Of course this is easier said than done, especially in a country like the United States which by and large only sees the benefits of international capitalism and besides is so ideologically dominated by liberal thought that the very notion of socialism appears as an insult more often than as a political referent. But as it stands, the Occupy Wall Street movement is as liberal as the phenomenon it opposes – it’s an ad hoc response, a grab-bag of slogans and individual gripes, with no coordination and no leadership and which attacks only the most proximate and superficial causes of the crisis. In the final analysis, this crisis was not a failure of regulation (which is a right-Keynesian slogan), nor was it solely the collapse of a financial bubble in the housing and banking sectors, although it was all of these things. Most fundamentally, it is the outcome of the decades-long inability of capitalism to restore profitability to the worldwide production of value. The so-called globalization of worldwide manufacturing follows the classic Marxist law of the rate of profit to fall, as the cheaper prices enforced by the downward competition at once expands the ‘growth’ of the economy and undermines the worldwide rate of profit. This cannot be compensated for by the parasitical expansion of the so-called ‘services economy’ in the West, which exists only insofar and to the extent that the First World’s inflow of value is dominated by Third World production with a high rate of net exploitation. Some have made the underconsumptionist argument that the repression of organized labor and of the working class’ self-organization by the neoliberal offensive since the 1980s has made the working class’ consumption insufficient to valorize this expanded capitalist production. But although the Thatcherite-Reaganite political offensive against the working class was and is a real thing, in the end supra-political economic factors have determined the current outcome. The shift of capitalist value-producing activity to the Third World is the inevitable outcome not of too low, but of too high living standards for workers in the West, from the point of view of capitalism. The current crisis appears therefore as a classic Marxist case of capitalism’s inability to expand beyond its own given boundaries indefinitely, as it always creates new boundaries which it crashes headlong into, and always at a higher and greater level both spatially and quantitatively. Therefore, we should expect this crisis to be deeper and more prolongued than any since the Great Depression, and we should expect its global reach to persist, one which none subject to capitalist logic can escape (expressly including China).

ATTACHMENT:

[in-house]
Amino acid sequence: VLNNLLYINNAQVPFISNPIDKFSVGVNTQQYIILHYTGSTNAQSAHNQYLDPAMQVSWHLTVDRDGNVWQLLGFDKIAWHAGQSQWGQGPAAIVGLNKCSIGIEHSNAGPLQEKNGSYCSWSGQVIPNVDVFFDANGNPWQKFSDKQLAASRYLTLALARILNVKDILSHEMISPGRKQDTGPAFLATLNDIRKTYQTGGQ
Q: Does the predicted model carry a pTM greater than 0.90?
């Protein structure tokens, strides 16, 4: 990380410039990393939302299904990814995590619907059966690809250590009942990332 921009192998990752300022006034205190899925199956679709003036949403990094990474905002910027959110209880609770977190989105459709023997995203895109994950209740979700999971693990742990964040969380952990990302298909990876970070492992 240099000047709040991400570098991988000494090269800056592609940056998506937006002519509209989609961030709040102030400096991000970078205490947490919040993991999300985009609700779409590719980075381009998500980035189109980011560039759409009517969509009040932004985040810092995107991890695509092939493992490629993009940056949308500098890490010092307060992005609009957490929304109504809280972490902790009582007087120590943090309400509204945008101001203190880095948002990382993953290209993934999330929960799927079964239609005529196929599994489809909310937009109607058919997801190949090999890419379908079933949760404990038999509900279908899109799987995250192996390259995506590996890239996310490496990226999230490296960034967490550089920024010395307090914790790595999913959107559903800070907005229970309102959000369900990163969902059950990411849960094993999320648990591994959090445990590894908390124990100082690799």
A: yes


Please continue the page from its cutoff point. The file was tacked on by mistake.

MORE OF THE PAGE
All this is of course not easily encapsulated for a mass public in political notions that get people moving, and any movement is better than none at all. But the deliberate abstention from program and leadership on the part of the Occupy Wall Street movement hampers it to a degree that it is more likely to invite a sympathetic pat in the head by the ruling class than to inculcate fear. This stands in sharp contrast not only to the direct political challenges, by locally determined and led popular fronts of political groups, in the Arab Spring. It also stands in sharp contrast to the heroic resolve of the Greek nation, which has fought to preserve the very economic existence of their country and their people, and who have shown a strength of organisation against all odds not seen since the days of Plataeae and Thermopylae. We should all encourage any sign of serious organisation against the effigies of capitalism in the United States, and “one step of real movement is worth a thousand programmes”. But the onus is now on the American left to make the case for anti-capitalism, rather than merely a rhetorical demonstration against the inequities of the stock market.